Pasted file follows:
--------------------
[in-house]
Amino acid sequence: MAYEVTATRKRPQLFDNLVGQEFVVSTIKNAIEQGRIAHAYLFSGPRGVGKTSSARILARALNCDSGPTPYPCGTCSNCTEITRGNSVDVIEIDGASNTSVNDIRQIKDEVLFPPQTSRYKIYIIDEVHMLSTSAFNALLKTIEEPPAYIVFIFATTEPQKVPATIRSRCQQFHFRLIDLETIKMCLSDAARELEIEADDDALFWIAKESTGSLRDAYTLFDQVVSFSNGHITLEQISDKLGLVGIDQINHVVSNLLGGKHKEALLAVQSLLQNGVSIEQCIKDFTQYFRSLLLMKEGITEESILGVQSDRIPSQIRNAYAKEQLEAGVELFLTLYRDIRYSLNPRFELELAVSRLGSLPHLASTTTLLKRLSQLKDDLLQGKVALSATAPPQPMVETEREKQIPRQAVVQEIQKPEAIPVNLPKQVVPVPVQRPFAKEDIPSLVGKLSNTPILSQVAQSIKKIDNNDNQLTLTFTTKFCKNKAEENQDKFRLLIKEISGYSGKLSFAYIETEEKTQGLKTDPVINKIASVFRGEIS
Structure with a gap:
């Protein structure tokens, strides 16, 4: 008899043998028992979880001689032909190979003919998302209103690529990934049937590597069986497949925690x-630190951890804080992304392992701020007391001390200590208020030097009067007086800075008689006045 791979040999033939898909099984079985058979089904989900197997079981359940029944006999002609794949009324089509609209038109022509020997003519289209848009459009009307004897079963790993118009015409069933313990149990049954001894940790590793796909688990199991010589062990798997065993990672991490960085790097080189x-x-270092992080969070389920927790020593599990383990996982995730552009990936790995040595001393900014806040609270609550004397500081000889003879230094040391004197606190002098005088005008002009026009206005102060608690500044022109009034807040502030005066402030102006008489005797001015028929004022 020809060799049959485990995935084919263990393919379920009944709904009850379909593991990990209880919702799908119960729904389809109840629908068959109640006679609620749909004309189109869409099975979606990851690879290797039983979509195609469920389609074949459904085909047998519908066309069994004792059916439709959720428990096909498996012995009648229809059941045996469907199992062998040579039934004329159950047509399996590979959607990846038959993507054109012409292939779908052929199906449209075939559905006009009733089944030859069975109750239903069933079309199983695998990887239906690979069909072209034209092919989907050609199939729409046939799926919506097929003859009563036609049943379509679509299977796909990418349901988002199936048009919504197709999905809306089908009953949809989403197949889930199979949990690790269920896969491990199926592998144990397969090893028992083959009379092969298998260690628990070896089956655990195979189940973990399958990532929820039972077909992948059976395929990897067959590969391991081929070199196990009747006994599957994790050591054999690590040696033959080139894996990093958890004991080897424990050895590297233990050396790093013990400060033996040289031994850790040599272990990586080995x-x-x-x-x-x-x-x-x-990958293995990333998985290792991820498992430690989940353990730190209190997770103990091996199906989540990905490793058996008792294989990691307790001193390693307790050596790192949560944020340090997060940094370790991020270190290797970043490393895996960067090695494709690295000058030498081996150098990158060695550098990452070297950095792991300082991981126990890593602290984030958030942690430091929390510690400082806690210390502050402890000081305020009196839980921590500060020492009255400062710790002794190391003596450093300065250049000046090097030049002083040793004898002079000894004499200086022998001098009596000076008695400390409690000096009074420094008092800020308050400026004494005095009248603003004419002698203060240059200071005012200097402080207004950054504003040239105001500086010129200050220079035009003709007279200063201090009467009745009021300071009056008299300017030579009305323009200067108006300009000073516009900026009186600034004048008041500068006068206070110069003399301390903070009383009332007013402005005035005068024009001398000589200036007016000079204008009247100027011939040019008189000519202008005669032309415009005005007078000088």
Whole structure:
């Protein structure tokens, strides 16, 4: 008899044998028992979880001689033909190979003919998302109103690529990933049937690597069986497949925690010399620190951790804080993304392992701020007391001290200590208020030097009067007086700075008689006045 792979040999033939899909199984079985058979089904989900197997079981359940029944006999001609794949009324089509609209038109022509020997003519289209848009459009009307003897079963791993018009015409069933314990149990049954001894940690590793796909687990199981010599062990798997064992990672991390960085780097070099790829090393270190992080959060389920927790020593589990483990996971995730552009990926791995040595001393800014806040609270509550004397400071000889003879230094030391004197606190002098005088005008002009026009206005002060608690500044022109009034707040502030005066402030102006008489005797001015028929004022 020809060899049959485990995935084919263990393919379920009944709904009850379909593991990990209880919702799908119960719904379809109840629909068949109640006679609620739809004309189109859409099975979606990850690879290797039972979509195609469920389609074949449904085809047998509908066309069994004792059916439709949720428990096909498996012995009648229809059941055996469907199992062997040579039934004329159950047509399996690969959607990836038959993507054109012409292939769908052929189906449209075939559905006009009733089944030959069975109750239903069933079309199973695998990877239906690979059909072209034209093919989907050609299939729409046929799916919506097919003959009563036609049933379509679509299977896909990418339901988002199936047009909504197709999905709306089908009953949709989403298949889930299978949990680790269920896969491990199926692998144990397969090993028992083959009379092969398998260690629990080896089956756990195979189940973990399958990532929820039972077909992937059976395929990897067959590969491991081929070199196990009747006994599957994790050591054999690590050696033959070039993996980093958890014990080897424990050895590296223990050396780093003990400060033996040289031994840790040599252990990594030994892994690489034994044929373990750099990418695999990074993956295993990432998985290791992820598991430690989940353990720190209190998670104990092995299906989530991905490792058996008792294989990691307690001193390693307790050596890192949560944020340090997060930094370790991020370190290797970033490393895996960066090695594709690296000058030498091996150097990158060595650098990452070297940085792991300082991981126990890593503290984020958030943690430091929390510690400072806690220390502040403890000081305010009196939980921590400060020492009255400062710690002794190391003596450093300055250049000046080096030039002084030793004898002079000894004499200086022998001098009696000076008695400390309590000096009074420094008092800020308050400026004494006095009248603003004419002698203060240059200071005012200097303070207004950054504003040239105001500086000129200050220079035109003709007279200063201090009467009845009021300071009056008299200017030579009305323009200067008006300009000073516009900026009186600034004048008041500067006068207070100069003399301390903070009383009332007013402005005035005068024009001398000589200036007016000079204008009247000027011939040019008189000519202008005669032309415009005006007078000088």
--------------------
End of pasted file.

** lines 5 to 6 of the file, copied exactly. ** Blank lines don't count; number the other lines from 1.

Whole structure:
């Protein structure tokens, strides 16, 4: 008899044998028992979880001689033909190979003919998302109103690529990933049937690597069986497949925690010399620190951790804080993304392992701020007391001290200590208020030097009067007086700075008689006045 792979040999033939899909199984079985058979089904989900197997079981359940029944006999001609794949009324089509609209038109022509020997003519289209848009459009009307003897079963791993018009015409069933314990149990049954001894940690590793796909687990199981010599062990798997064992990672991390960085780097070099790829090393270190992080959060389920927790020593589990483990996971995730552009990926791995040595001393800014806040609270509550004397400071000889003879230094030391004197606190002098005088005008002009026009206005002060608690500044022109009034707040502030005066402030102006008489005797001015028929004022 020809060899049959485990995935084919263990393919379920009944709904009850379909593991990990209880919702799908119960719904379809109840629909068949109640006679609620739809004309189109859409099975979606990850690879290797039972979509195609469920389609074949449904085809047998509908066309069994004792059916439709949720428990096909498996012995009648229809059941055996469907199992062997040579039934004329159950047509399996690969959607990836038959993507054109012409292939769908052929189906449209075939559905006009009733089944030959069975109750239903069933079309199973695998990877239906690979059909072209034209093919989907050609299939729409046929799916919506097919003959009563036609049933379509679509299977896909990418339901988002199936047009909504197709999905709306089908009953949709989403298949889930299978949990680790269920896969491990199926692998144990397969090993028992083959009379092969398998260690629990080896089956756990195979189940973990399958990532929820039972077909992937059976395929990897067959590969491991081929070199196990009747006994599957994790050591054999690590050696033959070039993996980093958890014990080897424990050895590296223990050396780093003990400060033996040289031994840790040599252990990594030994892994690489034994044929373990750099990418695999990074993956295993990432998985290791992820598991430690989940353990720190209190998670104990092995299906989530991905490792058996008792294989990691307690001193390693307790050596890192949560944020340090997060930094370790991020370190290797970033490393895996960066090695594709690296000058030498091996150097990158060595650098990452070297940085792991300082991981126990890593503290984020958030943690430091929390510690400072806690220390502040403890000081305010009196939980921590400060020492009255400062710690002794190391003596450093300055250049000046080096030039002084030793004898002079000894004499200086022998001098009696000076008695400390309590000096009074420094008092800020308050400026004494006095009248603003004419002698203060240059200071005012200097303070207004950054504003040239105001500086000129200050220079035109003709007279200063201090009467009845009021300071009056008299200017030579009305323009200067008006300009000073516009900026009186600034004048008041500067006068207070100069003399301390903070009383009332007013402005005035005068024009001398000589200036007016000079204008009247000027011939040019008189000519202008005669032309415009005006007078000088």